Originally in response to Jonathan Schwartz claim that Scott McNealy Created Millions of Jobs, the maybe prophetic : Mc Nealymandias
In Sun's sandy silence, all alone,
Stands a gigantic Leg, which far off throws
The only shadow that the Desert knows: -
"I am great MCNEALYMANDIAS," saith the stone,
"The CEO of CEOs; this mighty Company shows
"The wonders of my hand." - The Company's gone, -
Nought but the Leg remaining to disclose
The site of this forgotten Cybertron.

[ Reply to This | # ]

Oracle Buys Sun: It's Official - Oracle and Linux
Authored by: Anonymous on Monday, April 20 2009 @ 04:50 PM EDT
A crumb of hope.

Oracle provided a port to Linux years ago.

[ Reply to This | # ]

Oracle Buys Sun: It's Official - Oracle and ZFS
Authored by: Anonymous on Monday, April 20 2009 @ 05:13 PM EDT
Oracle and ZFS. Huge scarry possibilities.

[ Reply to This | # ]

Don't Let Sun Go Down On Me
Authored by: TheBlueSkyRanger on Monday, April 20 2009 @ 05:25 PM EDT
Hey, everybody!

Here's a question I don't see anyone asking -- whither OpenOffice? I know it
has a different license than the GPL. Is OOo in danger, and if so, can it be
forked like MySQL was?

Dobre utka,
The Blue Sky Ranger
who should have seen this coming but didn't

[ Reply to This | # ]

I guesss this means Netapp v. Sun isn't seen as an obstacle
Authored by: dio gratia on Monday, April 20 2009 @ 05:28 PM EDT

[ Reply to This | # ]

Authored by: Anonymous on Monday, April 20 2009 @ 05:40 PM EDT
Sun was (hoping) to put ZFS under a GPL-able license once upon a time. I wonder
what will happen to that?

Things should be... interesting. I think the article is right that none of us
really have a good idea how this will play out right now.

[ Reply to This | # ]

  • ZFS - Authored by: xtifr on Monday, April 20 2009 @ 06:18 PM EDT
Making sense of the purchase
Authored by: dio gratia on Monday, April 20 2009 @ 06:52 PM EDT
There are lots of articles and blogs already trying to make sense of the purchase. One of the things Sun has been doing is tying all their products and technologies together in a thin client and server effort aimed at the enterprise. It includes their virtualization technology and the ability to run Windows and Windows apps.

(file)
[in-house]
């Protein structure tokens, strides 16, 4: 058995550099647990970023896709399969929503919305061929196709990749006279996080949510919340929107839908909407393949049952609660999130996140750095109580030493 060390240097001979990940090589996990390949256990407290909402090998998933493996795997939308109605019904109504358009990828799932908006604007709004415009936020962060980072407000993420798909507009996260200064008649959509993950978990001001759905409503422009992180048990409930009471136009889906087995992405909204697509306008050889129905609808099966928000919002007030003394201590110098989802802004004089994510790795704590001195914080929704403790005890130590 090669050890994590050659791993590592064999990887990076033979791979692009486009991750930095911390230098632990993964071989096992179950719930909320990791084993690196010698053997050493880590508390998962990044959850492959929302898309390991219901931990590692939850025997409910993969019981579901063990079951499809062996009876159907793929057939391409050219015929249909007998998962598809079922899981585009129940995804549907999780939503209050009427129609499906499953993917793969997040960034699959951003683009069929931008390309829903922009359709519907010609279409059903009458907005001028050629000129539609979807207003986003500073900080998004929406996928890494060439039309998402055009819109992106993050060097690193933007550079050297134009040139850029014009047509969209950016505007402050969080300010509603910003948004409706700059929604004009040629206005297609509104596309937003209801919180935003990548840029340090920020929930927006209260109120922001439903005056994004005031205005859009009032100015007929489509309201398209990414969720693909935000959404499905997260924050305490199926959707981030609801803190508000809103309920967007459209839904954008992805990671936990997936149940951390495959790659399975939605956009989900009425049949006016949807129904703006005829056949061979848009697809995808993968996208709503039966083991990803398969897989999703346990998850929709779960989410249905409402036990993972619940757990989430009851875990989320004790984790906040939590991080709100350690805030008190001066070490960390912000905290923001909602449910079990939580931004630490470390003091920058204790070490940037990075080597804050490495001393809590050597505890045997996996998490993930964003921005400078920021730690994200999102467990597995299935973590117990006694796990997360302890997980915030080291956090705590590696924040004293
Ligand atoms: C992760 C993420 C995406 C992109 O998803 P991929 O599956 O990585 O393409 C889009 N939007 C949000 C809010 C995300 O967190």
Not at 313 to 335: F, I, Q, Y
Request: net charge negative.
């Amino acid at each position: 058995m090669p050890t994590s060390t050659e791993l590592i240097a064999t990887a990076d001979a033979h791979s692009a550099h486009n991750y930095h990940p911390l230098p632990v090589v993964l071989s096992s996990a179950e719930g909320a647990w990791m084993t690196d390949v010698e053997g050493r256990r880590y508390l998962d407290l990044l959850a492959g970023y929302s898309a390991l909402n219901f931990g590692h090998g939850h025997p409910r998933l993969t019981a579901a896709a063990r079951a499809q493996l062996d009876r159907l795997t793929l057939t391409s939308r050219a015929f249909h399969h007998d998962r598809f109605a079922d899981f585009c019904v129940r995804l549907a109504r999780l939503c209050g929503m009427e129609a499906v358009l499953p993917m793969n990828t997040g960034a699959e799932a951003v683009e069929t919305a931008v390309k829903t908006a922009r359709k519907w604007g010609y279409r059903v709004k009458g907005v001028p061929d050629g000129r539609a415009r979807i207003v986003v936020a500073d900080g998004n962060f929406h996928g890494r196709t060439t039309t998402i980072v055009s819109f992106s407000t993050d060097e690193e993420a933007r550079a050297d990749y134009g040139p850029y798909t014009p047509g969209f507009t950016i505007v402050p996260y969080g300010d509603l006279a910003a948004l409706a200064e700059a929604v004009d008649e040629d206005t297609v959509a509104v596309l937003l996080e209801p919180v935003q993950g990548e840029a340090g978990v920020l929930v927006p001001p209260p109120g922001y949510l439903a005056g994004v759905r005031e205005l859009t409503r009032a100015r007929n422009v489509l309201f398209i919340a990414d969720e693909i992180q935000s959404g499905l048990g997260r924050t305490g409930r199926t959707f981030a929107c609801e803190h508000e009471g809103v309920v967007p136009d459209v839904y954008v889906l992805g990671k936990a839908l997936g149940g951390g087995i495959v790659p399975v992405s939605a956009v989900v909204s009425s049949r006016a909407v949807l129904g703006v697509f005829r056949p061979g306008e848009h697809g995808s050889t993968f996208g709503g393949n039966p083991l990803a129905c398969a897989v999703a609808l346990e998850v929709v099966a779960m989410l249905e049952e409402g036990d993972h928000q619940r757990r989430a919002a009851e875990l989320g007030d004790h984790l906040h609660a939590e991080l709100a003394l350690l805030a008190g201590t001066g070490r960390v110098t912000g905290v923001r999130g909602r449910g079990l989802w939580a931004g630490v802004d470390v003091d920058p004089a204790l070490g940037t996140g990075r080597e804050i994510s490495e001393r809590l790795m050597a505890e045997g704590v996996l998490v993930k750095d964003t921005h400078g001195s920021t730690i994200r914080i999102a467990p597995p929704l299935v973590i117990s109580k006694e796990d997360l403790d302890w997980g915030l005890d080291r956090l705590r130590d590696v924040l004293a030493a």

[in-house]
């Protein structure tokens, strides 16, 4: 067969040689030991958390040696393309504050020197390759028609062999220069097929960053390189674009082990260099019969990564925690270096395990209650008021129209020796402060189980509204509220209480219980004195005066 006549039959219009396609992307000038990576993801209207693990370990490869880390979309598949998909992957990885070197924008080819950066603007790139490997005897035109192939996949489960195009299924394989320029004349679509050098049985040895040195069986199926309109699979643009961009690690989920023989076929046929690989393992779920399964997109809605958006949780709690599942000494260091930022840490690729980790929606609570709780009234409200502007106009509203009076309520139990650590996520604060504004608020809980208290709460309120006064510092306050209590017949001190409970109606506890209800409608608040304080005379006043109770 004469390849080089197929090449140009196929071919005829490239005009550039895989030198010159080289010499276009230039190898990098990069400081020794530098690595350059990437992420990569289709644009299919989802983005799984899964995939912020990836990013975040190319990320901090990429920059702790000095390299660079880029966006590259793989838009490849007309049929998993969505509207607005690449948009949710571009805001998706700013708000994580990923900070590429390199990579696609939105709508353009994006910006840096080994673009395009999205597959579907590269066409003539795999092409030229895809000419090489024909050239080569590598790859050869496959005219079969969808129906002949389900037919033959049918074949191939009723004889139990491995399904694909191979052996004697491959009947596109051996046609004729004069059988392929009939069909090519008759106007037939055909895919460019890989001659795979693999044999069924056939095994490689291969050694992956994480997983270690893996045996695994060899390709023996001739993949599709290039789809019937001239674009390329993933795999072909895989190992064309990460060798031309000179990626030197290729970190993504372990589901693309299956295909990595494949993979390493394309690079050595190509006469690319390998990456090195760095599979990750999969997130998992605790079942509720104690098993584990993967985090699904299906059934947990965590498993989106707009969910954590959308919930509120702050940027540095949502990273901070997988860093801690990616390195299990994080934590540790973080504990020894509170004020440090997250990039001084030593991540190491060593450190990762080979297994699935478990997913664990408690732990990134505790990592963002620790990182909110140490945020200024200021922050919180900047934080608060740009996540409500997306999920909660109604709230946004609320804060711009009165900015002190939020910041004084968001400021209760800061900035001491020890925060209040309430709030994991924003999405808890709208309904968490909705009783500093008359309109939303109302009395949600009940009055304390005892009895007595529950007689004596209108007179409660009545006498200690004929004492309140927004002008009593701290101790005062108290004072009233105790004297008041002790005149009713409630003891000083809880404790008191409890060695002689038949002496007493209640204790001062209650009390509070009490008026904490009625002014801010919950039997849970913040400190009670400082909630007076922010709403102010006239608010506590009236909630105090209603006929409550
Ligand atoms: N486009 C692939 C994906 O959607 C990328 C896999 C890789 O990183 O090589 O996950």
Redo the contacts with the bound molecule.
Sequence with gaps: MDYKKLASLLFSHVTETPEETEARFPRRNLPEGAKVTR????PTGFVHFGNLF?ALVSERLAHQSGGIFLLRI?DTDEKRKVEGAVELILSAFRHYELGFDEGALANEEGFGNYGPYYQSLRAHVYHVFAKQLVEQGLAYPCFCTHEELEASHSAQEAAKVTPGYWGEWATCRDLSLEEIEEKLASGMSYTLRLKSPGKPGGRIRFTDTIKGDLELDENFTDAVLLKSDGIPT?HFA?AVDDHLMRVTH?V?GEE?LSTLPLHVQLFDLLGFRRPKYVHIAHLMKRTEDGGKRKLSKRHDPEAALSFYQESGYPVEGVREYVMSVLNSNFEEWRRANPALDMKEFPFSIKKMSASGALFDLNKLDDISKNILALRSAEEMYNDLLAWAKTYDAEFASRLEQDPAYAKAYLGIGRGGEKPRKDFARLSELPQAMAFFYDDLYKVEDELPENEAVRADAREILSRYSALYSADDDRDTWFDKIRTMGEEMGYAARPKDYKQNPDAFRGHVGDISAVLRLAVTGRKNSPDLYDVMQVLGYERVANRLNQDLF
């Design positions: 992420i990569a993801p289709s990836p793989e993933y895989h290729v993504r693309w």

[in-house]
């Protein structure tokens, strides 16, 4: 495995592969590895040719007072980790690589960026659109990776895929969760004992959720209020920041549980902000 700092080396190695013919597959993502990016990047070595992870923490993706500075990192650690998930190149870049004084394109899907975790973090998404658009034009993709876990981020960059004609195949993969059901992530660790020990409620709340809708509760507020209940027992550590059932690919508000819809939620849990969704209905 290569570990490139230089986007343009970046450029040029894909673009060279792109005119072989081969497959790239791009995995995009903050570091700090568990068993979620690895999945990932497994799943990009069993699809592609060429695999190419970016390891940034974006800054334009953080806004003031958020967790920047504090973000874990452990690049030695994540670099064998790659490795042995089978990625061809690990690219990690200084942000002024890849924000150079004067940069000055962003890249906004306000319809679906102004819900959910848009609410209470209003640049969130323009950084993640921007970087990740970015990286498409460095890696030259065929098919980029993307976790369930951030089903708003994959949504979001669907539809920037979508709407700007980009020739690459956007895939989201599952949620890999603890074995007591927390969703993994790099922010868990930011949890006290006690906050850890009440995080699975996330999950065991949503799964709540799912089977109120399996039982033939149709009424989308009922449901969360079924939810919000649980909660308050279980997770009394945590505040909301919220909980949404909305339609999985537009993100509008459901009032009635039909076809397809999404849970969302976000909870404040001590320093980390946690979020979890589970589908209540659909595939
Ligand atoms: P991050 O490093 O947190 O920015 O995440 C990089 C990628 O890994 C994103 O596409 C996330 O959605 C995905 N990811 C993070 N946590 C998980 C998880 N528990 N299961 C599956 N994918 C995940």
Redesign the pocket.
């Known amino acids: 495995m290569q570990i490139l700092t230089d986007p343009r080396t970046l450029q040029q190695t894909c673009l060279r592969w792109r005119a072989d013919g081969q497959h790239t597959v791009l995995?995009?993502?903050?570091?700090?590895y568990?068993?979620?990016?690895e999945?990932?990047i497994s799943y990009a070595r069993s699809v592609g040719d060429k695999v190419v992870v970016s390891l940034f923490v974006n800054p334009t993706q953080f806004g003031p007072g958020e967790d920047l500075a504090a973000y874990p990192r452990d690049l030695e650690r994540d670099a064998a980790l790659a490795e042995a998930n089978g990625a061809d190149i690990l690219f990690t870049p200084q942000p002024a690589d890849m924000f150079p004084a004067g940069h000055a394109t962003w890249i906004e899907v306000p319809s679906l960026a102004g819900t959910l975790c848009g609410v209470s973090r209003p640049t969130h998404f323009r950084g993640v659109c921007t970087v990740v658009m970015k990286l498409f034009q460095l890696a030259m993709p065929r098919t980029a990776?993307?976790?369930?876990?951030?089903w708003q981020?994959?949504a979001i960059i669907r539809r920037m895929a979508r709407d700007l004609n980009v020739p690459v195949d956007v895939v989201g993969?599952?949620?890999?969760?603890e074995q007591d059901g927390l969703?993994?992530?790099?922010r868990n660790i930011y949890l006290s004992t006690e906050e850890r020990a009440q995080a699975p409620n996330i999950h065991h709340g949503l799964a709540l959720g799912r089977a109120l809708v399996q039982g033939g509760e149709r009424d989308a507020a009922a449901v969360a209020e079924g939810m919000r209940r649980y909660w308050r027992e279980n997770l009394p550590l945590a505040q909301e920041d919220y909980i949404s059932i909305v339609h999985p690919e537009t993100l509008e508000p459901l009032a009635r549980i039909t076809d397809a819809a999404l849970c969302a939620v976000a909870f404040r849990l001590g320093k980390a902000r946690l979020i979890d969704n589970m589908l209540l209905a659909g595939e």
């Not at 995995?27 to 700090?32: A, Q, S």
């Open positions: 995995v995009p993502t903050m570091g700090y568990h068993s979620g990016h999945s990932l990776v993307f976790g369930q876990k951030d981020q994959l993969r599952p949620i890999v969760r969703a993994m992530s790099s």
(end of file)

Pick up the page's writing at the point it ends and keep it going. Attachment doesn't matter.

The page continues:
I have this image of Larry Ellison causing massive heartburn for Steve Ballmer trying to kick Microsoft out of those fortune 1500 companies being slow to adopt Vista. The marketing sounds like an economic stretch, though, unless Sun has already line enough customers up.

[ Reply to This | # ]

Institutional Investors
Authored by: bezz on Tuesday, April 21 2009 @ 12:01 AM EDT
It does not surprise me that institutional investors pushed Sun into a deal because of the stock performance. Institutional investors hold big blocks of voting stock and can leverage that to influence management. Southeastern Asset Management holds 22.3% of Sun and that is a HUGE block of votes. It is little surprise Sun management had to pay attention to an investor with such a large voting stake and had lost a lot of money on the company's performance.

KKR is a very interesting find. Basically, KKR took a high-risk stake in Sun by buying $700 million of debt that is low on the bankruptcy payout line; a note is (oversimplified description) a "bond" that has not been rated by an independent bond rating agency. It is very common to have a senior note or preferred stock "conver tible" upon a change of control at par value. KKR had a vested interest in seeing Sun sold because they had written down the value of a bad investment and can recover it if Sun were bought out. However, they had no voting rights (which belong to stockholders) and I doubt they were able to influence management a whole lot.

As far as Bert Young's ties to Waste Management and Southeastern Asset Management's investment in WMI, I strongly doubt that had anything to do with this deal. I spent 11 years in the environmental industry in the 1980's and 1990's and Waste Management was a legendary mess. Essentially, they were trying to corner the market on landfills and spent huge amounts of money to do so. Unfortunately for them (competition being what it is), lower cost competing landfills came on line by the mid 1990's and the tipping fees declined precipitously. WMI management turned over repetitively in the late 1990's. I was out of the business by that time and no longer care to follow WMI and its clueless management. Most of the clueless from the Bert Young period are long gone. I have no idea what the SAP deliverables were supposed to be and can't comment on the validity of the scrap between them.

[ Reply to This | # ]

Oracle Buys Sun: It's Official - Updated